Field trip to Storrier Stearns Japanese Garden

Field trip to Storrier Stearns Japanese Garden

On October 24, 2015, Kyoko Kurita, Professor of Japanese in the Dept. of Asian Languages and Literatures at Pomona College and Co-Principal Investigator of EnviroLab Asia, brought her students to visit the Storrier Stearns Japanese Garden in Pasadena, CA. Here she reflects upon the trip. 

What is a garden? The very idea of it expresses the relationship of people with their natural environment.  In the West, Versailles is often cited as a prime example of how the power of reason, expressed in symmetry and geometric pattern, dominates garden design, and therefore the world.  A Japanese garden, or a Zen garden, expresses a very different relationship between humans and the natural environment: more of a dialogue or a negotiation, a skillful accommodation of what nature provides, featuring balanced asymmetry among other aesthetic principles.

On a pleasant autumn weekend, the students in my class, “Time & Space in Modern Japan,” and in my Advanced Japanese class, went to Storrier Stearns Japanese Garden to see an example of how Japanese traditionally expressed the relationship between Nature and humans.

Japanesegarden_students in structure

The current Garden and the tea house on the premises unfortunately do not retain the original design, drawn by a Japanese immigrant nearly a century ago.  A fire in 1981 destroyed the tea house, and the highway and urbanization around it have gradually been encroaching on the peaceful environment.  In recent years the garden has been suffering from a serious drought, and although there is still a pond by the tea house, most of the vegetation looks rather parched.  The meticulous grooming of the trees and bushes that symbolizes a traditional Japanese garden is not present here.  What the visitor can glean from this place is a blend of the Japanese and Californian approaches to taming the natural environment.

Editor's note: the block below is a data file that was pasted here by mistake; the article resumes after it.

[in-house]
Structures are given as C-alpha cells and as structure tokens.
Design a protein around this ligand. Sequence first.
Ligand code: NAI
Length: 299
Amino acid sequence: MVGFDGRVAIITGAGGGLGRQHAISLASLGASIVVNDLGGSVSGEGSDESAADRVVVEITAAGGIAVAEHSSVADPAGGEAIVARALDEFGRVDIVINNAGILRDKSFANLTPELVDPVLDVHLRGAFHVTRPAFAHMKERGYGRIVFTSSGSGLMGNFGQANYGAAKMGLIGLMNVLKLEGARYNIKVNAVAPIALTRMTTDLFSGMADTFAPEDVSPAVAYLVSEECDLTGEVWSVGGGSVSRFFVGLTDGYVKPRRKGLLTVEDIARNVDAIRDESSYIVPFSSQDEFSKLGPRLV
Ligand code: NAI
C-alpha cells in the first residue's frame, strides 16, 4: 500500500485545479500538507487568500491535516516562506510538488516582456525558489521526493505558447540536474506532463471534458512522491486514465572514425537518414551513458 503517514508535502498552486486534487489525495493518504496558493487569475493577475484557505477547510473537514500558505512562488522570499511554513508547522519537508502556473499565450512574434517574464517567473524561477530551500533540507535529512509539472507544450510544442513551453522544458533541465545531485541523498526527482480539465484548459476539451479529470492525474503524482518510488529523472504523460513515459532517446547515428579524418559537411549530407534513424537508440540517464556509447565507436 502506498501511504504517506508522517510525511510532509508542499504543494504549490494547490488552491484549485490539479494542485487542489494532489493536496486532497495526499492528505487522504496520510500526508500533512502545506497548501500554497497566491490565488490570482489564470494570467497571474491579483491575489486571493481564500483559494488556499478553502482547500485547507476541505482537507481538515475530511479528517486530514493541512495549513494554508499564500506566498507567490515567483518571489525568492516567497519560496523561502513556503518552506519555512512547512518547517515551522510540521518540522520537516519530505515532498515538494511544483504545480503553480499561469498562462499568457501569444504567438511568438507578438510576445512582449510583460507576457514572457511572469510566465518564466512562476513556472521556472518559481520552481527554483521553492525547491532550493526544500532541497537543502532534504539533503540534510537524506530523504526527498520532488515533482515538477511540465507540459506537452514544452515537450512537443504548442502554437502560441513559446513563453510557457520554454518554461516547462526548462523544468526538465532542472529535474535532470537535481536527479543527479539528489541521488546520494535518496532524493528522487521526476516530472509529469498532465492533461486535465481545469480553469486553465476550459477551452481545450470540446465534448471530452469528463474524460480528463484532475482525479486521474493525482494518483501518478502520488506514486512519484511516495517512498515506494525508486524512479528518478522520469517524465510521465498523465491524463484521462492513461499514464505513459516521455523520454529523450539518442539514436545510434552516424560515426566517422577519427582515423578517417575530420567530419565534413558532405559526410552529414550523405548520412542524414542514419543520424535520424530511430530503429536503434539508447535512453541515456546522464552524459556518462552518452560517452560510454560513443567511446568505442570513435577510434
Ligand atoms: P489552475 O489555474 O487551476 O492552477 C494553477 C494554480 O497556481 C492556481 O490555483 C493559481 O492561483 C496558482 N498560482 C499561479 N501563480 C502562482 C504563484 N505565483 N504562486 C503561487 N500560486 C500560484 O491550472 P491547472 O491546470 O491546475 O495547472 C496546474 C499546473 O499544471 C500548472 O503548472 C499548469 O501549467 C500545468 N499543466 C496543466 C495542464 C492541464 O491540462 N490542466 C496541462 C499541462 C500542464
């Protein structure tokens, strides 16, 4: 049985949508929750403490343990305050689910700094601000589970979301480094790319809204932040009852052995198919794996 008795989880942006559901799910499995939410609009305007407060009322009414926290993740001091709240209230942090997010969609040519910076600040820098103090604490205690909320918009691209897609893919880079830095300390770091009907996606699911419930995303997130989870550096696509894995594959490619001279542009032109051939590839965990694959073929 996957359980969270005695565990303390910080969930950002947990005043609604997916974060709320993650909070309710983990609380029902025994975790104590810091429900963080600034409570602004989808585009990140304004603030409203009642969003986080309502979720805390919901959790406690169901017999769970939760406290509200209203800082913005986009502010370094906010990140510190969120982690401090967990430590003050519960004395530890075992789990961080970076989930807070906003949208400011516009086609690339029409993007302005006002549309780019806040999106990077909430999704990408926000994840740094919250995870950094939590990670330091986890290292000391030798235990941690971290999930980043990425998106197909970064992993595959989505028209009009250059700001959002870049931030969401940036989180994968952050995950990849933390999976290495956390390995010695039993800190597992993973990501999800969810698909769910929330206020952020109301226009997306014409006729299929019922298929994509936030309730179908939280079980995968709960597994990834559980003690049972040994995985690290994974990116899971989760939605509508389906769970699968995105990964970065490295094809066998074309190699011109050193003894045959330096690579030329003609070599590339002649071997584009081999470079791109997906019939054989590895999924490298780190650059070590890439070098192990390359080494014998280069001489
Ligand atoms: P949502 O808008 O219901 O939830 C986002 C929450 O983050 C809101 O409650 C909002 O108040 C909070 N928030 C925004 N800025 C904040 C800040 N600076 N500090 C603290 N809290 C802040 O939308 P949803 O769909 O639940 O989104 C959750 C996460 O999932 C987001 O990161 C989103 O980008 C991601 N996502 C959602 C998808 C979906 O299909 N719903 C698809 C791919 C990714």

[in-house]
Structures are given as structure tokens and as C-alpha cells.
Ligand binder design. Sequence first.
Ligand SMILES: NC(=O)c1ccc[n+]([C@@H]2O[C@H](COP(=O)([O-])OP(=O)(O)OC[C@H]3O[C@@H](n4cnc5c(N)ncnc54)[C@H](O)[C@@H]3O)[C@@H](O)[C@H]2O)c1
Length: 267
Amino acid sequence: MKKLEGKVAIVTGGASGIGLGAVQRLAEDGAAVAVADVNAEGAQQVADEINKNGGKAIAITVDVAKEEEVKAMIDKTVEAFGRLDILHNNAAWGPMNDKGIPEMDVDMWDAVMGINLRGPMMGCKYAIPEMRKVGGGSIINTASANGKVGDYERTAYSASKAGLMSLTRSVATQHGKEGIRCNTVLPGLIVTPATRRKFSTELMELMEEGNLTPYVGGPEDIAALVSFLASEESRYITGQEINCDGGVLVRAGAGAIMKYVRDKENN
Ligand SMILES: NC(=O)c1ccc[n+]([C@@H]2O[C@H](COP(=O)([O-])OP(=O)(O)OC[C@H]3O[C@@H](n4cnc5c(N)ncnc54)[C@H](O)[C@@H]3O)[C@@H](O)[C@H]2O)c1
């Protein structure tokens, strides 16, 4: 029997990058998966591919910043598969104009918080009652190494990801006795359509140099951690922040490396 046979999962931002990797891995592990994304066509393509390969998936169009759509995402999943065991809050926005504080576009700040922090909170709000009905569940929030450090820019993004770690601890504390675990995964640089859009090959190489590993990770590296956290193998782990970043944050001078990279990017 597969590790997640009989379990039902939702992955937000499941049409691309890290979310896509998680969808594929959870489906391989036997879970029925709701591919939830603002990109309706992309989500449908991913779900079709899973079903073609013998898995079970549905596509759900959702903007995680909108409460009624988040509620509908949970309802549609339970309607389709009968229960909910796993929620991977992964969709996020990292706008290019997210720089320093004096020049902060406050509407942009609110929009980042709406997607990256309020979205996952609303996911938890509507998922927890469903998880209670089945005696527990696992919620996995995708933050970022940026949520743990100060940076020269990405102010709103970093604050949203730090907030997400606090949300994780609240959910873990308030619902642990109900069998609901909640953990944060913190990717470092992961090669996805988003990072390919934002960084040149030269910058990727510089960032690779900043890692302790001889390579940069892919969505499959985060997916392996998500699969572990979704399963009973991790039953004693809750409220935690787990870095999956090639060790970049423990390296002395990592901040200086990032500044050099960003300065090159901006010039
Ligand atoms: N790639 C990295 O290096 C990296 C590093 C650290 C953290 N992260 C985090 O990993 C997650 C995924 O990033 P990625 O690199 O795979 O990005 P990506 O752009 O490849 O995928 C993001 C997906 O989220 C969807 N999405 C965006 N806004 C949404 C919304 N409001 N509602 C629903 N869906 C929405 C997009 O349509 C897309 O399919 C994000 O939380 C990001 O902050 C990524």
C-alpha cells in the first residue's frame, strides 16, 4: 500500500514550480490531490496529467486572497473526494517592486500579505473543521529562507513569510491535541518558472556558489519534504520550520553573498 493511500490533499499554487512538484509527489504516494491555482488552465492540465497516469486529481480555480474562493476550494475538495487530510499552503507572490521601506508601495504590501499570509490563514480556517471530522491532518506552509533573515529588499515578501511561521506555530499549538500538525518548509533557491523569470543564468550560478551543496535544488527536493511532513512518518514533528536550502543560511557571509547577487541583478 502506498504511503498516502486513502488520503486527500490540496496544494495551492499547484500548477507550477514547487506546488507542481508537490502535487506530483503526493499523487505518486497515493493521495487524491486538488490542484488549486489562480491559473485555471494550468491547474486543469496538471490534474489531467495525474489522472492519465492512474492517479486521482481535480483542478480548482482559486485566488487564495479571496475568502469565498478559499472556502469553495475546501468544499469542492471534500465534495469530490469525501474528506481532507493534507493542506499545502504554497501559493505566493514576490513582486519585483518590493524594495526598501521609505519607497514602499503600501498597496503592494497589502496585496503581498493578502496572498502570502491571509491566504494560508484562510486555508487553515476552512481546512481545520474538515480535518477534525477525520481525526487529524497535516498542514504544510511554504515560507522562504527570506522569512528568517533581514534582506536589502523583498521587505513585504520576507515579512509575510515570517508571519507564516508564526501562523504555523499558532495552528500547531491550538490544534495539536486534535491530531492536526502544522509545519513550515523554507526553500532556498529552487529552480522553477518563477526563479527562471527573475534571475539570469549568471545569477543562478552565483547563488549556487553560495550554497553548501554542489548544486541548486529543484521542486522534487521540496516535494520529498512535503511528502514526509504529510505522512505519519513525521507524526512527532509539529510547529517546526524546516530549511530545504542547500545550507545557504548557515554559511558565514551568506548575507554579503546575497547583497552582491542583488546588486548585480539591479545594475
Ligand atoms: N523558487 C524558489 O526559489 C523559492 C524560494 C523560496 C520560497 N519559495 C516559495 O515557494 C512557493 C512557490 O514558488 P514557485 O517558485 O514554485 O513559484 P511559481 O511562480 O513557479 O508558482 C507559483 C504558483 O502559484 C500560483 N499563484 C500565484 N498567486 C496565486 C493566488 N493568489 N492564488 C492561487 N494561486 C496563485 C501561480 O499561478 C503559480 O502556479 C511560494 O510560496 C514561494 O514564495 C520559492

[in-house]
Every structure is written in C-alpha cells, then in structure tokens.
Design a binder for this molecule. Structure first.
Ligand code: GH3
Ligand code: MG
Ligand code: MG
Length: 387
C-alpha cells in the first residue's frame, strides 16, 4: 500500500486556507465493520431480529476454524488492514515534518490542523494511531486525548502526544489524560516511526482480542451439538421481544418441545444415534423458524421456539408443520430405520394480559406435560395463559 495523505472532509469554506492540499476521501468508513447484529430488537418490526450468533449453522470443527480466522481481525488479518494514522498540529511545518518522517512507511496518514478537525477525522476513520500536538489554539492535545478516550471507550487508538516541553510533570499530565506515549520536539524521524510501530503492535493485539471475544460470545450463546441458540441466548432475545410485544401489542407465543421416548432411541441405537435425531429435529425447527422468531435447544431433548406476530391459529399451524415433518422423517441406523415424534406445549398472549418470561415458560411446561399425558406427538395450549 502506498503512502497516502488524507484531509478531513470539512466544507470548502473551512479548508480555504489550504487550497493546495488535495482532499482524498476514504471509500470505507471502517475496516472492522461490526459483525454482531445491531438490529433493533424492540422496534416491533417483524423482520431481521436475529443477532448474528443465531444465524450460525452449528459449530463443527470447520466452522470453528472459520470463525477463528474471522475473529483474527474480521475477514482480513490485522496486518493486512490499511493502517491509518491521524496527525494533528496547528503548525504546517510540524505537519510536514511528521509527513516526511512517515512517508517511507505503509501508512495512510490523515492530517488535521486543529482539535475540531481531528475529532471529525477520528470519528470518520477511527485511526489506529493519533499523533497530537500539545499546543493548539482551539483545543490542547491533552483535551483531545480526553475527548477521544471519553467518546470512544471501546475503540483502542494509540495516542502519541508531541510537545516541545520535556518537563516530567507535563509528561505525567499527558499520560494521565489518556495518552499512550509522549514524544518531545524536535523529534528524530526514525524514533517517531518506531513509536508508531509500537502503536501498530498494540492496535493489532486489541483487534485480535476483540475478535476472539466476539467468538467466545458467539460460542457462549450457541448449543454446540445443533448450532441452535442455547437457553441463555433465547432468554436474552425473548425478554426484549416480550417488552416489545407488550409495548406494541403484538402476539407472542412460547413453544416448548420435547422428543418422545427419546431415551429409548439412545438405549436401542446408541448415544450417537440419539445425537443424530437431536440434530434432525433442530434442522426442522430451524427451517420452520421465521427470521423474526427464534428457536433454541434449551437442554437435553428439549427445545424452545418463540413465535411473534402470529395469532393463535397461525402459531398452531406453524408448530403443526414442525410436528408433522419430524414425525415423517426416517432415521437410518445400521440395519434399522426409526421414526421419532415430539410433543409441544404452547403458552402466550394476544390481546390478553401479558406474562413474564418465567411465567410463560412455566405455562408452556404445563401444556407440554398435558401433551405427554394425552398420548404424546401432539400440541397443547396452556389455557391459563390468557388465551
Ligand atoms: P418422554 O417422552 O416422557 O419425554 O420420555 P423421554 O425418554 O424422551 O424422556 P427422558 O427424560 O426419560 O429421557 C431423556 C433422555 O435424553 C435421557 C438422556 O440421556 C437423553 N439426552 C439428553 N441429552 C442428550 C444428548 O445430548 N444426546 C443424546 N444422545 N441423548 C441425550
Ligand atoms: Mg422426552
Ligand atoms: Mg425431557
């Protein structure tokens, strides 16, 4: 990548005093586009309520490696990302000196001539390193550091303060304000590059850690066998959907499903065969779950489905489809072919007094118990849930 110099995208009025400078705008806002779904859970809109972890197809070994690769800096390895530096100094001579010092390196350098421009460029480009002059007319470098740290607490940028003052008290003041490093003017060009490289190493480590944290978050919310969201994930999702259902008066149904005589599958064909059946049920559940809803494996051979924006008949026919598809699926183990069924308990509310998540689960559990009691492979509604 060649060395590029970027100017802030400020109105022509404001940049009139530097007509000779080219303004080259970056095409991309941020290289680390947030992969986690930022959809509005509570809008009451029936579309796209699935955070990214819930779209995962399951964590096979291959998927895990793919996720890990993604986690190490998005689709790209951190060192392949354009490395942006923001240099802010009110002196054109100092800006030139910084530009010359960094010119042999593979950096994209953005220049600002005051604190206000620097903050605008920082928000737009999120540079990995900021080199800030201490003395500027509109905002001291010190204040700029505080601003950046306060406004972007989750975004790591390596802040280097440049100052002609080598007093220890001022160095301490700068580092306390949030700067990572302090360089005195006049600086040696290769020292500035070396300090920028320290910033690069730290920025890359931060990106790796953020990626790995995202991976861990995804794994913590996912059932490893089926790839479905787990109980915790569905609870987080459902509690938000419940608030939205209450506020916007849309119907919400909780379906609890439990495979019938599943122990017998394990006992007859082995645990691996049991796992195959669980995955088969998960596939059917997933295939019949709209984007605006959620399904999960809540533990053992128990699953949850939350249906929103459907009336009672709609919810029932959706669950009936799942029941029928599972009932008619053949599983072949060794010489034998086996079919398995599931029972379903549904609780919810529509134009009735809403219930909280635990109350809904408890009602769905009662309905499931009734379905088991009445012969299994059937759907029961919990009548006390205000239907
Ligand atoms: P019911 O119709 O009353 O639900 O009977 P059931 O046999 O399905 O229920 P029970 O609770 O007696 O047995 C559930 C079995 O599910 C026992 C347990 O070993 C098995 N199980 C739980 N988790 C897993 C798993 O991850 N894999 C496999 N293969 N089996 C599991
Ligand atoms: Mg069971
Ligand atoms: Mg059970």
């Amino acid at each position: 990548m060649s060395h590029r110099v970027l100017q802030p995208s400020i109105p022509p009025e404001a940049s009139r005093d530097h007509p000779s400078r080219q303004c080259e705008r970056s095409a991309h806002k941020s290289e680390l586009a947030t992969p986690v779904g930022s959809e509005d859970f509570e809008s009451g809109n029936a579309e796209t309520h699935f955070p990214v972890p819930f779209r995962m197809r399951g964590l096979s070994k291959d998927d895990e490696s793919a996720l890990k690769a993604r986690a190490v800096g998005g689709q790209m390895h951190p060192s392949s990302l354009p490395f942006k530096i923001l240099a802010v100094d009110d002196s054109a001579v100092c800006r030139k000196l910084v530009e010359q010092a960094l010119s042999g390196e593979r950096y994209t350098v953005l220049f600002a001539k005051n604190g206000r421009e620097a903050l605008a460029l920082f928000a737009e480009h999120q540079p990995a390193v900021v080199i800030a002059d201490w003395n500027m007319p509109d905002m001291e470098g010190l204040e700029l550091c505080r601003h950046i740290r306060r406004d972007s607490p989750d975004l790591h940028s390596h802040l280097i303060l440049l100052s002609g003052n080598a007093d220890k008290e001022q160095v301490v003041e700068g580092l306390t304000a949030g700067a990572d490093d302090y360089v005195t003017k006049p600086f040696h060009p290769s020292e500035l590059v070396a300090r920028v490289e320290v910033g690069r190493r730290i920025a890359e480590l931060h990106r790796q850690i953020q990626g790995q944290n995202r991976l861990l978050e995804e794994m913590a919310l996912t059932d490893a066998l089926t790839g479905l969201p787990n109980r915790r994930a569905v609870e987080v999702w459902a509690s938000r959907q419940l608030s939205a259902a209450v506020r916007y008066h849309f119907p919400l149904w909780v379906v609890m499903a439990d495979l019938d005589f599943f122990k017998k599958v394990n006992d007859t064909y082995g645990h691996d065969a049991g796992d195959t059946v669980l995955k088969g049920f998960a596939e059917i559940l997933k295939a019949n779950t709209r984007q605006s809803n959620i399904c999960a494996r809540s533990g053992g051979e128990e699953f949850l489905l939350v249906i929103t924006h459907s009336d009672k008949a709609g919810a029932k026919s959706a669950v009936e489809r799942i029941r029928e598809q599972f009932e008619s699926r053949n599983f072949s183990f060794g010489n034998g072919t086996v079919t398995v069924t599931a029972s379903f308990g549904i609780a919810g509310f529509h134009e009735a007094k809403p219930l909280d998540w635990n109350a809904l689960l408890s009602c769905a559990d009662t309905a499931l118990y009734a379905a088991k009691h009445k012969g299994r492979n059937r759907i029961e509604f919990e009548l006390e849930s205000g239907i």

Nevertheless, in this garden of mixed heritage, in the midst of declining natural surroundings, we transported ourselves for a while into an ideal world where the humans and Nature happily coexist.

Each student took a picture of one area of the garden, and wrote a story or a poem, using the image as a starting point of their musings.  My hope was that this would enact to some degree the way in which the idea of a garden, Japanese or Western, manifests one’s own construct of the relationship between Nature and humans.  And that the students would in the future try to incorporate that dream into reality in one way or another.

Japanesegarden-structure